As I explained in the Doink the Clown article, after Hasbro stopped producing WWF figures, toy stores were left with only the less popular figures that had yet to sell out. As a result, parents of the mid-90s had slim pickings when it came time to buy an action figure for their kids' birthdays or Christmas. That would explain how over the years my household acquired not one, but three Giant Gonzalez figures.
Like the Doink figure, the Giant Gonzalez figure was unique among the Hasbro WWF line. While Doink was the only figure with hair, Giant Gonzalez was notably taller than the rest of the Hasbro 4½ inch wrestling toys. Sadly, though, Hasbro would not spring for imitation fur on the Gonzalez figure, causing the doll to lack a certain realism.
Speaking of realism, that pretty much goes right out the window with this figure. As you can see, this Giant Gonzalez figure is completely ripped and bulging with muscle. It is therefore completely dissimilar to the real Giant Gonzalez, whose apparent musculature was the result of an airbrushed body suit (Thankfully, Hasbro did not try to adapt El Gigante's airbrushed buttocks into action figure form). Hasbro does, however, get a check mark in the realism column for making his arms movable but not his legs. Anyone who has seen Mr. Gonzalez in action knows what I'm talking about.
With three identical Giant Gonzalez figures at their disposal, kids had to be creative. Thus, one of the figures was dubbed Giant Gonzalez, another was christened The Giant (aka The Big Show), and the remaining Gonzalez figure was given a complete gimmick overhaul. Using some spare Ninja Turtles accessories, we transformed Giant Gonzalez into the Man from the Dark Side himself, the Blundertaker. Oh yeah, I should probably mention that we didn't own an actual Undertaker figure, thanks to the Hasbro WWF line being discontinued, so The Blundertaker was a much-needed substitute to fill that gaping void in our toy wrestling promotions.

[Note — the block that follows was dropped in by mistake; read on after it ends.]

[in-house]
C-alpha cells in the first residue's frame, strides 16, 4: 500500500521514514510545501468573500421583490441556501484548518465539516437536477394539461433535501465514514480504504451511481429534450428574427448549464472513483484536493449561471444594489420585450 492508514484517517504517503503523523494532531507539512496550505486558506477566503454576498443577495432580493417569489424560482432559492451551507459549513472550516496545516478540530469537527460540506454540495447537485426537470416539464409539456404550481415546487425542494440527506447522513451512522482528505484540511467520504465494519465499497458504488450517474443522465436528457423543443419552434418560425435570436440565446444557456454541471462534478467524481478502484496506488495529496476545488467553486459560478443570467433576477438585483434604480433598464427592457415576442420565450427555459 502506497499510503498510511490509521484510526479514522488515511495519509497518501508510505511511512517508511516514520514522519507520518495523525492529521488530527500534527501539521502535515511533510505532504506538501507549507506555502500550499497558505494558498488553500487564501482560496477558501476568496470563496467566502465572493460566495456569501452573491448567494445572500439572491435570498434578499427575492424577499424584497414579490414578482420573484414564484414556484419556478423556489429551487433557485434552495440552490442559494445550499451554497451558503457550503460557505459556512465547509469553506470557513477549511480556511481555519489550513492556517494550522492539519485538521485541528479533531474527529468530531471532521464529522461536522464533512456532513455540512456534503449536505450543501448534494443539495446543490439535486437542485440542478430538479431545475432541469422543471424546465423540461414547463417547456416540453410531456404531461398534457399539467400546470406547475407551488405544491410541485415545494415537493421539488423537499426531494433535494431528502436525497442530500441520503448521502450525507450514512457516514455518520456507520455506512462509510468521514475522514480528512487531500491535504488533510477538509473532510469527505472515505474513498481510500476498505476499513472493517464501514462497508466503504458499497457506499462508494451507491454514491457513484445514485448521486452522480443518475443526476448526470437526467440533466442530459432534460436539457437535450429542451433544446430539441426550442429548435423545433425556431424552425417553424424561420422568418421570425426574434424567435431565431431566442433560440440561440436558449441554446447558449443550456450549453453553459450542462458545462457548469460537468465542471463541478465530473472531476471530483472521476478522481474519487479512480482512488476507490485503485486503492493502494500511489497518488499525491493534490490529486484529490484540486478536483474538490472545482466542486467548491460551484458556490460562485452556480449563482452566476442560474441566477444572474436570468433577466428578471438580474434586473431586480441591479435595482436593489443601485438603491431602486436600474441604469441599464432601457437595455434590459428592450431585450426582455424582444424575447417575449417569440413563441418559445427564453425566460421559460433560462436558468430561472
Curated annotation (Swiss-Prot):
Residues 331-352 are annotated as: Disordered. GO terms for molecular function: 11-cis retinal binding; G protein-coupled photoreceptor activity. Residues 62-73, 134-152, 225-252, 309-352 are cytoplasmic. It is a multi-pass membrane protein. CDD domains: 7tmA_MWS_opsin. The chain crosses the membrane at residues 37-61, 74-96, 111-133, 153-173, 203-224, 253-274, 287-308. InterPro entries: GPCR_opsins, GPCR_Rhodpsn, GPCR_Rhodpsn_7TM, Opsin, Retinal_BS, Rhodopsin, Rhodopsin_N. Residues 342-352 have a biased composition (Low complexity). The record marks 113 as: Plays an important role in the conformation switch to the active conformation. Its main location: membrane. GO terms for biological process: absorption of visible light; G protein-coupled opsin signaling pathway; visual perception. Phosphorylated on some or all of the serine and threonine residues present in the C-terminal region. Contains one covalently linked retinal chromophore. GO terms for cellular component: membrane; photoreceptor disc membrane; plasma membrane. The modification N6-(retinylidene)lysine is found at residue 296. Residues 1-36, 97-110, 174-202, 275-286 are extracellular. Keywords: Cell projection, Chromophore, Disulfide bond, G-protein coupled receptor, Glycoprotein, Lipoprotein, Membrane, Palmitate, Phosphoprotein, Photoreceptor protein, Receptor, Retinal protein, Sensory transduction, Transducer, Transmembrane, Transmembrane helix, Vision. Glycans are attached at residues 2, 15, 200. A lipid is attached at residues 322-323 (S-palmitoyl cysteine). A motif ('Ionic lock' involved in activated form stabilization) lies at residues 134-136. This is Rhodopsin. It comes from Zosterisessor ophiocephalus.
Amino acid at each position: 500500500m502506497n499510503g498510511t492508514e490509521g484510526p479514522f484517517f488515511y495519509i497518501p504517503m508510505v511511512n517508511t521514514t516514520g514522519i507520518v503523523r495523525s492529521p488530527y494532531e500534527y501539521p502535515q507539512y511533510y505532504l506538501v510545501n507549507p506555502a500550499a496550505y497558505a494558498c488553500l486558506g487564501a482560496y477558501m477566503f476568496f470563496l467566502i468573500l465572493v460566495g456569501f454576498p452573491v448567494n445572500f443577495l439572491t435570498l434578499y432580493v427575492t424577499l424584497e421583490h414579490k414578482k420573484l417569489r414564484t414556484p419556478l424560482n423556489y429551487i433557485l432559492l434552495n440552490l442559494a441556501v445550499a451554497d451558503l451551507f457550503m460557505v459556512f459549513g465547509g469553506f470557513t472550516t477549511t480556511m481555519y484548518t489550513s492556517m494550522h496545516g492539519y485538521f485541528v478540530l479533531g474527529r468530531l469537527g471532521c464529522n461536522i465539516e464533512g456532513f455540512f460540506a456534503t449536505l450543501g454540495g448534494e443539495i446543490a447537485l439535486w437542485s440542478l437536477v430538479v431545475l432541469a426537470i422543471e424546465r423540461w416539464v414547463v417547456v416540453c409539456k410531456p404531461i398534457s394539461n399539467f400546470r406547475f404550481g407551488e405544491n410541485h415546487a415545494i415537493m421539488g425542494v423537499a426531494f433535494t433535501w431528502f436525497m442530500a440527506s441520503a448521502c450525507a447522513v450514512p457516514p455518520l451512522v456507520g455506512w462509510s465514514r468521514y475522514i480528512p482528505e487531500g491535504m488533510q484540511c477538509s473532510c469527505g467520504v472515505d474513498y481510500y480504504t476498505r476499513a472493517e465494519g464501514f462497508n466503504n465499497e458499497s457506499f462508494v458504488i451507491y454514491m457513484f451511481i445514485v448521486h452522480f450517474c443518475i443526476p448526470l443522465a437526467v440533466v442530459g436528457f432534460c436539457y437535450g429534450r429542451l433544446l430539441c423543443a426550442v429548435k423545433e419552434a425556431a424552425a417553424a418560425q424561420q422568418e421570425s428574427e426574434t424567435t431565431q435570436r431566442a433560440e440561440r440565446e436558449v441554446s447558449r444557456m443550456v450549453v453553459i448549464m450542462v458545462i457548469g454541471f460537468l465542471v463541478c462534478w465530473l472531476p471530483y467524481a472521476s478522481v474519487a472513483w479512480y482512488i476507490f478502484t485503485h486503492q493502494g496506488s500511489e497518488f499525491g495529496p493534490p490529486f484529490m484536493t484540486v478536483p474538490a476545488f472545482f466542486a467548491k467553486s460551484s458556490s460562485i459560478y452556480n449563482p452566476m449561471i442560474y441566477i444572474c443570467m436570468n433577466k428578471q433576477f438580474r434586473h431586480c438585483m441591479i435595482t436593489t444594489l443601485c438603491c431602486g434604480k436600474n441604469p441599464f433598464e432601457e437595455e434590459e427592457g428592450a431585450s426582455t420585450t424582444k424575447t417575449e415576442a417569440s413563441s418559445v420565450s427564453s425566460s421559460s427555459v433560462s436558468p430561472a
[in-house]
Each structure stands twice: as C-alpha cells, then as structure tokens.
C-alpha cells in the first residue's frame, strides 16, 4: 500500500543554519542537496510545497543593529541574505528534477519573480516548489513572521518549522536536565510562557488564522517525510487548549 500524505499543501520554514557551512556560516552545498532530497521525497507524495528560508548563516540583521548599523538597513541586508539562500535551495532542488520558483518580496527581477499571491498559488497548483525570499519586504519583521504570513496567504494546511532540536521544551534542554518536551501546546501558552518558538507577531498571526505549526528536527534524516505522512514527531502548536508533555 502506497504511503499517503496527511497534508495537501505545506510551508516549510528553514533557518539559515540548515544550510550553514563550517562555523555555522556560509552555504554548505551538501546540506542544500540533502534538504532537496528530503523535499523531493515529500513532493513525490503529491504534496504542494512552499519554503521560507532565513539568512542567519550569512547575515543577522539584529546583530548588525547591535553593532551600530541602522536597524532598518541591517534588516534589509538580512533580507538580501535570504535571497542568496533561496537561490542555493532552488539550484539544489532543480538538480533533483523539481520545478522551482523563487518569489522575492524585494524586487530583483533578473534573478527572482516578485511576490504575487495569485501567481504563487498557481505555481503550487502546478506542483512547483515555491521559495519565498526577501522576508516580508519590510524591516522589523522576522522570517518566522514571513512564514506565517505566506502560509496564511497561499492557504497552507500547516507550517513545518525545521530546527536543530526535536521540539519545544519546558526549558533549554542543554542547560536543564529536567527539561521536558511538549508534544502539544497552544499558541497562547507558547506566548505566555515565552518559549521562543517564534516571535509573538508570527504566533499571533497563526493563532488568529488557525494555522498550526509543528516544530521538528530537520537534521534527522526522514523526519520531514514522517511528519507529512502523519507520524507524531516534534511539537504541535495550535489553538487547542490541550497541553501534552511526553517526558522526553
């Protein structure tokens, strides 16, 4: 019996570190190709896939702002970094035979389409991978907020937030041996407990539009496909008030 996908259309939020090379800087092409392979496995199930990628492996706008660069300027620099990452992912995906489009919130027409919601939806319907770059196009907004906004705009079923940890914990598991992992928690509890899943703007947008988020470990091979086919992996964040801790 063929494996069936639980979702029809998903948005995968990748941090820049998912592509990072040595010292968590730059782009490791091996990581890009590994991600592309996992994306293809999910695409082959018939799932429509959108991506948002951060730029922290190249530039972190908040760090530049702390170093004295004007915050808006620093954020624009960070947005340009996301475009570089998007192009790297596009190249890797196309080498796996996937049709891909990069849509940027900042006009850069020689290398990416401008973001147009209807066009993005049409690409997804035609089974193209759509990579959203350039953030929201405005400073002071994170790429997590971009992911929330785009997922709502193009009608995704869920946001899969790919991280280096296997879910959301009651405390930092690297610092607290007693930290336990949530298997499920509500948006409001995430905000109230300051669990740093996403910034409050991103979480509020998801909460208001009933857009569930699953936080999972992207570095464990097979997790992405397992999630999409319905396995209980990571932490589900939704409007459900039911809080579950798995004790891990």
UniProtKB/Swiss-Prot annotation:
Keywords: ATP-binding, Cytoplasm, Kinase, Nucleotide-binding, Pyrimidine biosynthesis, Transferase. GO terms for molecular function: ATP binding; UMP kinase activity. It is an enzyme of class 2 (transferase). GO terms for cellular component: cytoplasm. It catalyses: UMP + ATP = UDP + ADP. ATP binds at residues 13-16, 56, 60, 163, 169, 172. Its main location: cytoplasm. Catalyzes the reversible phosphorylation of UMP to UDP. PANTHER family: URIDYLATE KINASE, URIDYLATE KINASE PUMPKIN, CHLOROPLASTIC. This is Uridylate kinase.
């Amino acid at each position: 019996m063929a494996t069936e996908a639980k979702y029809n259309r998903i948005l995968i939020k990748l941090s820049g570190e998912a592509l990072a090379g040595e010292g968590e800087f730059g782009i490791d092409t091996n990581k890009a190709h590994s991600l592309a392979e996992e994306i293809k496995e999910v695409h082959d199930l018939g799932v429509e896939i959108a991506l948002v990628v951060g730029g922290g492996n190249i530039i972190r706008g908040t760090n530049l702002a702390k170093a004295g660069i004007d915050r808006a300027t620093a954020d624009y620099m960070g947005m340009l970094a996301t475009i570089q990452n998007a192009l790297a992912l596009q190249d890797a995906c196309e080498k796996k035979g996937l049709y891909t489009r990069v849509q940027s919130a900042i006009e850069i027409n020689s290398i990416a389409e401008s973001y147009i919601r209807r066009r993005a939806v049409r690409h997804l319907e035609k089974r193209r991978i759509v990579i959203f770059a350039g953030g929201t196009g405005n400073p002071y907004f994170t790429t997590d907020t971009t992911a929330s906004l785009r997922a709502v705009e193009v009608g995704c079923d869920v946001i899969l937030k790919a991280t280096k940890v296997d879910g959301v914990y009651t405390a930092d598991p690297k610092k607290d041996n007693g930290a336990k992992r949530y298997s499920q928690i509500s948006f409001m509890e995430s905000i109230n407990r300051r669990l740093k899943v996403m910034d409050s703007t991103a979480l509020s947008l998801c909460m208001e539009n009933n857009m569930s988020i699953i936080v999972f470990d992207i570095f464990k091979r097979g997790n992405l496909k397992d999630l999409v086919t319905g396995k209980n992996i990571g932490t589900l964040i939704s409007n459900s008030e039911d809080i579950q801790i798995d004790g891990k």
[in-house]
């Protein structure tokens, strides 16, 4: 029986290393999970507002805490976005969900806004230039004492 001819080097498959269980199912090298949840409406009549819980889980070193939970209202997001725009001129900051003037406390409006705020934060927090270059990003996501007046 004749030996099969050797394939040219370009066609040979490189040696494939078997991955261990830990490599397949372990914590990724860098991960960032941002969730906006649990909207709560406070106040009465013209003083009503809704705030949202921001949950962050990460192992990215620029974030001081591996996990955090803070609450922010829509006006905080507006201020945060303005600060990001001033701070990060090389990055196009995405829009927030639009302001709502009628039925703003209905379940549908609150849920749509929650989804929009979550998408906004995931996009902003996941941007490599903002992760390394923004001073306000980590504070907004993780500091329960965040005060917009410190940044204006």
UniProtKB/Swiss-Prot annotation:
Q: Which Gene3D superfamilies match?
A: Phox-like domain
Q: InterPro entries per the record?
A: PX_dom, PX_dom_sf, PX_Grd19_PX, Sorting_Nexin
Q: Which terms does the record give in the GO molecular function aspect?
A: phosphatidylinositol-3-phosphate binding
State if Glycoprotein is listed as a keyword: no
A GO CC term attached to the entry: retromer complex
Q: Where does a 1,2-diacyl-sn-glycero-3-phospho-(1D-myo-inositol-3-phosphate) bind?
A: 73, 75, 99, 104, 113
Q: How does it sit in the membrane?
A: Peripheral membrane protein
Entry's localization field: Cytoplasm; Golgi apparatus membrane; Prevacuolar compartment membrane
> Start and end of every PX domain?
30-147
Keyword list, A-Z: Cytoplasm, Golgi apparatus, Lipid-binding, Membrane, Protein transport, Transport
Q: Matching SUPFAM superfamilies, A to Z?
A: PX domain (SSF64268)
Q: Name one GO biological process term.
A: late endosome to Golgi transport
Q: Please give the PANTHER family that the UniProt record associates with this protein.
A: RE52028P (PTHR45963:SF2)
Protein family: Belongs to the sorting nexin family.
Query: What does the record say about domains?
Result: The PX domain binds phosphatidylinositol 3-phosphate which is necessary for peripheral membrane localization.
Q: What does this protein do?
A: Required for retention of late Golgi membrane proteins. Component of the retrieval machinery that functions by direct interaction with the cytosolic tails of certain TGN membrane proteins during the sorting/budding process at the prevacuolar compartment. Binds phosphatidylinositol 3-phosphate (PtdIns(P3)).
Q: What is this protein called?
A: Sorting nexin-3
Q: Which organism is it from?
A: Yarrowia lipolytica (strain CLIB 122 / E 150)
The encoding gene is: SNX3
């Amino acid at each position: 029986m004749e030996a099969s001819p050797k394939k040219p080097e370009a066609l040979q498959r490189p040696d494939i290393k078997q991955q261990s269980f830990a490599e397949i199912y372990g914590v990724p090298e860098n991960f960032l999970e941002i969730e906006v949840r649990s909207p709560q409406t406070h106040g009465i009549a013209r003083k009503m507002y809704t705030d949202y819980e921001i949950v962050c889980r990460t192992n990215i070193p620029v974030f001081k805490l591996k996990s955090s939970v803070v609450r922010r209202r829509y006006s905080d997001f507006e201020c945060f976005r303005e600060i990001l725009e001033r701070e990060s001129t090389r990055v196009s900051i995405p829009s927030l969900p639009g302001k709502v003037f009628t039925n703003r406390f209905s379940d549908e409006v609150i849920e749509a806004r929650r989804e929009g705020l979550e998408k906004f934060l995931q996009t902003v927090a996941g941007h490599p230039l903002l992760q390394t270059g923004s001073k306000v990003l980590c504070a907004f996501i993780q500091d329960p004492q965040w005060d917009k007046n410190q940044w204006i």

The Blundertaker wore the red robe of the Ninja Turtles' sensei Splinter, while his face was disguised by a mask worn by the detective-themed Donatello action figure. Instead of finishing off opponents with a backwards piledriver called the Tombstone, he employed an inverted powerbomb called the Graveyard Powerbomb that slammed opponents onto their faces and chests. The Blundertaker even had a manager (played by a portly Playmobil man in a car) named Hearse Driver.
As the years went by and WWF storylines developed, it became necessary to create an ersatz Kane character to be the Blundertaker's long-lost brother. Enter Aibyll, a Casey Jones TMNT action figure with a built-in hockey mask who wore a vest originally belonging to an Ahmed Johnson action figure (the Ahmed figure came from a Jakks toy line called STOMP that saw wrestlers don outlandish "action" getups, but that's a story for another blog post). The Knock-Off Brothers Of Destruction were thus complete, the indirect result of Hasbro's discontinuation of their WWF action figure line.
As far as the Giant Gonzalez figure is concerned, there are of course pros and cons.
Pro: Appropriately scaled to the rest of the Hasbro figures.
Con: Looks nothing like the real Giant Gonzalez.
Pro: Looks nothing like the real Giant Gonzalez.
All in all, out of 5 stars, I give the Giant Gonzalez figure a B+.